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    ladyliberal Progressive Princess

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    I didn't say that one shouldn't wage war, I said that government financing and government war-making have been intimately related historically. In brief:

    During 1861, the opening year of the American Civil War, the expenses incurred by the Union Government far outstripped its limited revenues from taxation, and borrowing was the main vehicle for financing the war. (United States Note - Wikipedia, the free encyclopedia)

    The budgetary expenses for the years 1941-1945 amounted to some $317 billion, of which $281 billion was directly related to the war effort; expenditures climbed from $9.6 billion in fiscal 1940 to nearly $100 billion in 1945. Of these outlays some 45 percent was covered by taxes and other non-borrowing sources. The deficit had to be covered by selling bonds.
    (Series E bond - Wikipedia, the free encyclopedia)
     
  10. ladyliberal
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    ladyliberal Progressive Princess

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    A few reactions to the article:

    - Greenwald's characterization of actions under Obama is often debatable and incendiary.

    - Greenwald seems to hold Obama entirely or almost entirely responsible for certain actions during his presidency, ignoring the possibility (in some cases, I would say certainty) that Obama acts as a progressive force only partially able to rein in other actors (military-industrial complex, civilian bureaucracy, Congress, American public).

    - Greenwald's hypothetical line of reasoning (beginning with "Yes, I'm willing...") ignores the fact that an individual voter can't choose Ron Paul, they can only vote (and volunteer for, donate to, etc.) for him. A strategic voter with moderate progressive values faced with a race between Obama, Romney, and Paul must vote for Obama even if they would prefer a Paul presidency.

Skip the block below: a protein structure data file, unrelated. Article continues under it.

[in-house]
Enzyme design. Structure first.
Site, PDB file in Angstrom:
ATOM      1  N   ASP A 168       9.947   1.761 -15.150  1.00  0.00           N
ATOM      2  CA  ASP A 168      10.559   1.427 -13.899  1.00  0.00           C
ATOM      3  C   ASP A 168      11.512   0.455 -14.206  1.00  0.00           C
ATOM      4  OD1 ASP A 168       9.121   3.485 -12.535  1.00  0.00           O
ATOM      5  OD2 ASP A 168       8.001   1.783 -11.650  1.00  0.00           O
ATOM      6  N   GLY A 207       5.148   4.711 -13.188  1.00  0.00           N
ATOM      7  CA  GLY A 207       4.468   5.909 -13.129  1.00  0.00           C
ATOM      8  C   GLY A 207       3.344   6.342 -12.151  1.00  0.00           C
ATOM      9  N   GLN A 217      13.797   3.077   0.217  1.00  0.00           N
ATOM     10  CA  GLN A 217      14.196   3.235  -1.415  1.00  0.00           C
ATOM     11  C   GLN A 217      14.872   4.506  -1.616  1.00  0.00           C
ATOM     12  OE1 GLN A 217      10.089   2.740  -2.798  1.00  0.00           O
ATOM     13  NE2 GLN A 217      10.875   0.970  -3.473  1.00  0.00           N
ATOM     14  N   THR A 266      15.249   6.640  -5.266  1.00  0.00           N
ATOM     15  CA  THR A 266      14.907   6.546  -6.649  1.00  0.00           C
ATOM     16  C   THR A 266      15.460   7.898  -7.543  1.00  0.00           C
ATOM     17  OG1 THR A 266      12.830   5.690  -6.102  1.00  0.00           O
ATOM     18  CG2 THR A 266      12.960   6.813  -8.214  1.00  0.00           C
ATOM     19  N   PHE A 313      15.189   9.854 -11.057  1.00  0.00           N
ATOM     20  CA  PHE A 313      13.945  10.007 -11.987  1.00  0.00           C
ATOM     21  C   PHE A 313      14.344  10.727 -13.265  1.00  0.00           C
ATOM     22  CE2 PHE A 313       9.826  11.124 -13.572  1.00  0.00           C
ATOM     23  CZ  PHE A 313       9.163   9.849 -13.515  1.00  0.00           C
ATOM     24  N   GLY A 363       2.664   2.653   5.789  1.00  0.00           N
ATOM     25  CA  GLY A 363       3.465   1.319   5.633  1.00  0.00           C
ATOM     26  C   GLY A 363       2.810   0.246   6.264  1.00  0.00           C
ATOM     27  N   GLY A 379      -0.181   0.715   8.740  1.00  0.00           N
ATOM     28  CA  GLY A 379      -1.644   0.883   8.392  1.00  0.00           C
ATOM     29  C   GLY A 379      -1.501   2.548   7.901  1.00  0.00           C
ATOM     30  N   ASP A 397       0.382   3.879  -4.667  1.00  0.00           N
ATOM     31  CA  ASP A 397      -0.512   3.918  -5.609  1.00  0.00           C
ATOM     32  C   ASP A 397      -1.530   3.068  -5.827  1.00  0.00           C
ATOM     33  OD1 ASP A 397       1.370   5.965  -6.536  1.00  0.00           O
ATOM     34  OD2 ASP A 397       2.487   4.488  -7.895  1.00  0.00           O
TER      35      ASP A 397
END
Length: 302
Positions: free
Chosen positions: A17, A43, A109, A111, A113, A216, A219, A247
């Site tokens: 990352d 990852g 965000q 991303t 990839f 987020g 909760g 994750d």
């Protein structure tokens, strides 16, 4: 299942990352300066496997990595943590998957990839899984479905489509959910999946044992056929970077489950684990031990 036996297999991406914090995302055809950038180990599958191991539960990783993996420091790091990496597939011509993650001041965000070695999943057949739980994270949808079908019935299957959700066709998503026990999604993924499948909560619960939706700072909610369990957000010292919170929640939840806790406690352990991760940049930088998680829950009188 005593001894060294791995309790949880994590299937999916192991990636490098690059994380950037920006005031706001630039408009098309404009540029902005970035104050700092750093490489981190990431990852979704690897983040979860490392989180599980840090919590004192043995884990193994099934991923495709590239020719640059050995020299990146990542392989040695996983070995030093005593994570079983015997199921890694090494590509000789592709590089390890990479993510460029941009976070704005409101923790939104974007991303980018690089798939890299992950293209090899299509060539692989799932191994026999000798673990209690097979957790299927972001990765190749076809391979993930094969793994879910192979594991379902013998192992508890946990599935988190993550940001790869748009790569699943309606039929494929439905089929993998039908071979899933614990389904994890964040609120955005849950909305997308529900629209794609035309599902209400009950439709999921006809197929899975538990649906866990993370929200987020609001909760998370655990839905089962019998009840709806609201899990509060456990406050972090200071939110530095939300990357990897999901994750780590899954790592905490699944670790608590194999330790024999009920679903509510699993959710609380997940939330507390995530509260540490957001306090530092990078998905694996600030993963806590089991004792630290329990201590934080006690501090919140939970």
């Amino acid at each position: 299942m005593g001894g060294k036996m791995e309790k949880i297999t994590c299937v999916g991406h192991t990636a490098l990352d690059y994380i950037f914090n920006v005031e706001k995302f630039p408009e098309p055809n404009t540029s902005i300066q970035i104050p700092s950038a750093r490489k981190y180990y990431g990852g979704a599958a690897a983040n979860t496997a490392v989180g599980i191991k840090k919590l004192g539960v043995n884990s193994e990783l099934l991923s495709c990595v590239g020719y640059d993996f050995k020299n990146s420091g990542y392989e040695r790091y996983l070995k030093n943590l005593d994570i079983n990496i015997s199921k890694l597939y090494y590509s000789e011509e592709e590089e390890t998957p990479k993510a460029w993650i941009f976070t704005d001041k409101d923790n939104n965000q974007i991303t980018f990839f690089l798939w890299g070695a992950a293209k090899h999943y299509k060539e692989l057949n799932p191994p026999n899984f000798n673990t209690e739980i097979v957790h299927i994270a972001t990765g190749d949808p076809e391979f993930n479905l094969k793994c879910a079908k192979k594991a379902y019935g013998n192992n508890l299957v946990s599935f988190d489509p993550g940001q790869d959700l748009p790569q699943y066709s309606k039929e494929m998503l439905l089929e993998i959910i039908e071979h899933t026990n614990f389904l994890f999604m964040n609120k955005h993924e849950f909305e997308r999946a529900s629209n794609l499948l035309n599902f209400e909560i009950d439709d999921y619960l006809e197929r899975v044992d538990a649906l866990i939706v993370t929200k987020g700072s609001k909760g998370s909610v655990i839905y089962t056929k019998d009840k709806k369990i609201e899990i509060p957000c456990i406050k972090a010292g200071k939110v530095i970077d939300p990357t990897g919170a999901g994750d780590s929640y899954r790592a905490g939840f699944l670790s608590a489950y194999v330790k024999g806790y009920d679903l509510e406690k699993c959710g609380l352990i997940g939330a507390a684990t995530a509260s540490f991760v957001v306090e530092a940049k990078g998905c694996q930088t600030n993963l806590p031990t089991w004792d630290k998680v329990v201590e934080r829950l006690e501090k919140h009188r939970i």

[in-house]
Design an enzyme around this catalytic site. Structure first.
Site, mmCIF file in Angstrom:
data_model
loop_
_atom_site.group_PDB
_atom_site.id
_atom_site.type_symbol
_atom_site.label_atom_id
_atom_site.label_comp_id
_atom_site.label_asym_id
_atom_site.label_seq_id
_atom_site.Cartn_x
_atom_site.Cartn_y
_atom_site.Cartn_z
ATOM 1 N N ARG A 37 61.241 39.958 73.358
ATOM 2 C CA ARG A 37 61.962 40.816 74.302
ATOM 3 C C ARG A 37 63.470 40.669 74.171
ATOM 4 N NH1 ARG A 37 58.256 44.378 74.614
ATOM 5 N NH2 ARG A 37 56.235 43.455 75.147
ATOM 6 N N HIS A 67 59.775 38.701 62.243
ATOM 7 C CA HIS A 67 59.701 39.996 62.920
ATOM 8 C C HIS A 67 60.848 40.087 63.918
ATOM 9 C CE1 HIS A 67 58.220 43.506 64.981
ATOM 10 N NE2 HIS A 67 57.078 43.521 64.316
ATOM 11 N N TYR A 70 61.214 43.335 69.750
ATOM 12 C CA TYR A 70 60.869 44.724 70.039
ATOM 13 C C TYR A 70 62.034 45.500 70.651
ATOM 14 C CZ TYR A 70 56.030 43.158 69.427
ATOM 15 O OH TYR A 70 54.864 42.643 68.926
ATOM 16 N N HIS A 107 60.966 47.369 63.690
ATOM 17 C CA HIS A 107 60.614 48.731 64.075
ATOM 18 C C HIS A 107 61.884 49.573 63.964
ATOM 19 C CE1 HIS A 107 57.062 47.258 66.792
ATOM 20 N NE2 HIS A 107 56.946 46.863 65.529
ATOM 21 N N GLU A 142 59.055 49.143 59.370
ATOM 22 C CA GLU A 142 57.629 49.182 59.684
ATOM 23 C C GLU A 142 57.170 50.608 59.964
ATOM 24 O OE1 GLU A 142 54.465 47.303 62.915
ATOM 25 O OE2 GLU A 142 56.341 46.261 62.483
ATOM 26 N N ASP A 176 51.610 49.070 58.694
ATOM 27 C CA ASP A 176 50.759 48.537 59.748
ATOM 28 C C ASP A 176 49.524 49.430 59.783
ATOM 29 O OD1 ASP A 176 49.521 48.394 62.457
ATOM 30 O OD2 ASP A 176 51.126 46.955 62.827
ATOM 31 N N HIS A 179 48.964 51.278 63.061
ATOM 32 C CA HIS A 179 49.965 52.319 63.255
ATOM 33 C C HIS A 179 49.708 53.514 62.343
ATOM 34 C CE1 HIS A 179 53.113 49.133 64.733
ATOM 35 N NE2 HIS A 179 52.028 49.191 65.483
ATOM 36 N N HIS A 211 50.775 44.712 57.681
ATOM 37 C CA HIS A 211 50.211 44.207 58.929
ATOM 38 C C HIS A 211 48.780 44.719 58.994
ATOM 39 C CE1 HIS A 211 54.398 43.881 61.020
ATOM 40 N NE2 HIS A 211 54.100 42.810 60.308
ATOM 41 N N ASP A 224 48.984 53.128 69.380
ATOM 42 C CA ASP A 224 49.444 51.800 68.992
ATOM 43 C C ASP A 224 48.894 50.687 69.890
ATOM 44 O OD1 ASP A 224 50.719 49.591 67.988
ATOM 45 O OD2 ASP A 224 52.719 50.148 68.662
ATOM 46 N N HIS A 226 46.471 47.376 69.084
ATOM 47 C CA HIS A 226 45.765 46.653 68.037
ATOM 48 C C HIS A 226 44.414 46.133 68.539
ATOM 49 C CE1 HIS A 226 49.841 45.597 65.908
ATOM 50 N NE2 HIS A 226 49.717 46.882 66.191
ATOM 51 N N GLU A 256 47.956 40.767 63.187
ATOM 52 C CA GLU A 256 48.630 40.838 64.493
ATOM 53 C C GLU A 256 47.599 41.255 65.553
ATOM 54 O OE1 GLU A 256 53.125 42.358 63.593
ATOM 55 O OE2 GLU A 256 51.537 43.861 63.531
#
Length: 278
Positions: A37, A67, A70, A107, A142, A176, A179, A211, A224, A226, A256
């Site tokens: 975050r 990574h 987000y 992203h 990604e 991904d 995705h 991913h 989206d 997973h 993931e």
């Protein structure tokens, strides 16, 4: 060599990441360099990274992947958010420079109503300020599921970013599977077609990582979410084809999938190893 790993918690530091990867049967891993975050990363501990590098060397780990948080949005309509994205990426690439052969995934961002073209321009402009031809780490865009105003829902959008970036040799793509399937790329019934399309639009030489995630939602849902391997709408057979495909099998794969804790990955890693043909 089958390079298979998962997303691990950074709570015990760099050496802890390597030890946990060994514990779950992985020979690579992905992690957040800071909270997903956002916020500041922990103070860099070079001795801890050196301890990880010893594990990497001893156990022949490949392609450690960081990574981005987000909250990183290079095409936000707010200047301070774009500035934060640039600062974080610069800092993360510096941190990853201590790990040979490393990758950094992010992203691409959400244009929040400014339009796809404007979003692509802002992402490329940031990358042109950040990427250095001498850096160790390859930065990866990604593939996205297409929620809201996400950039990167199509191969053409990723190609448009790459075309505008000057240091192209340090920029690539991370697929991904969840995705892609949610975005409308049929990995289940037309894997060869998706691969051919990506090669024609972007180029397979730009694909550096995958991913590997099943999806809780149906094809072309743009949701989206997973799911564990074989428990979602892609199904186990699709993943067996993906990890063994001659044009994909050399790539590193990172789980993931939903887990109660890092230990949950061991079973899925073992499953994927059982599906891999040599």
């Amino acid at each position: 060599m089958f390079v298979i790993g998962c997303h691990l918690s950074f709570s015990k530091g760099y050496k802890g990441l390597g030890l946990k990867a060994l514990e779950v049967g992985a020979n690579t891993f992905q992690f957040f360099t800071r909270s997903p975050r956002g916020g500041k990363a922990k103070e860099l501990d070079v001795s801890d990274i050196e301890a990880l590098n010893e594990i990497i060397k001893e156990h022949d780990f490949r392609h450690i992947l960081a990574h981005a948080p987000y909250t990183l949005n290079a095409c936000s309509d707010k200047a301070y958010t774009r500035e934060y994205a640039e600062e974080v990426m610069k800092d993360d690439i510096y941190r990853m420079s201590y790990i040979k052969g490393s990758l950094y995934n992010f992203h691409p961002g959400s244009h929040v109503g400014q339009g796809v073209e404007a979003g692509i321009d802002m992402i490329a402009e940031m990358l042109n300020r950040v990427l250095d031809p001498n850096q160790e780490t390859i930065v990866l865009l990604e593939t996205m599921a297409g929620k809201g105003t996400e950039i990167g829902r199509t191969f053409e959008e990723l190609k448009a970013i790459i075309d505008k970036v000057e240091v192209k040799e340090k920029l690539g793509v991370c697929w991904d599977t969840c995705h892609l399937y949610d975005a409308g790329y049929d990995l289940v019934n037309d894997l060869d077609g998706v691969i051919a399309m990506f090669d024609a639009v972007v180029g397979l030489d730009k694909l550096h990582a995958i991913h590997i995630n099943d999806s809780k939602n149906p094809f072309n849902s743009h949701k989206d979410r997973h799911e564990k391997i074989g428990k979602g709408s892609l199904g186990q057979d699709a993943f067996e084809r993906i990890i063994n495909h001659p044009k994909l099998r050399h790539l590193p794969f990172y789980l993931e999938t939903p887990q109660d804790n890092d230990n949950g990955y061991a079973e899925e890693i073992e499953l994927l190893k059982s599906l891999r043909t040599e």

- Greenwald acknowledges troubling aspects of Ron Paul's history and positions (he refers to "horrible aspects of his belief system and past actions"), yet never seems to address them (other than to point out that Obama also holds non-progressive positions). I generally find belief systems and past actions to be terrific predictors of future actions, so I wouldn't support a candidate without seeing those things addressed.

    - Greenwald notes that Obama the president seems to be more conservative on a number of issues than Obama the candidate. It does not seem to occur to him that a President Paul (who would presumably have to have done something to win over the conservative base) would suffer the same transformation.

    - Greenwald writes, "Is it really hard to see why Democrats hate his candidacy and anyone who touts its benefits?" I don't have any polling numbers to back this up, but I suspect that Paul has fairly high approval among Democrats compared to his fellow Republican candidates. Greenwald might be conflating Paul's extreme views on certain issues (eg, taxes, health care) with his overall profile.



    In the end, Greenwald calls for "a candid assessment of all candidates". That's rather hard to argue with. He certainly doesn't suggest that progressives should support Paul's candidacy over Obama's, only that they should agree with Paul on certain issues and that they should be glad that he is running. That's certainly how I feel.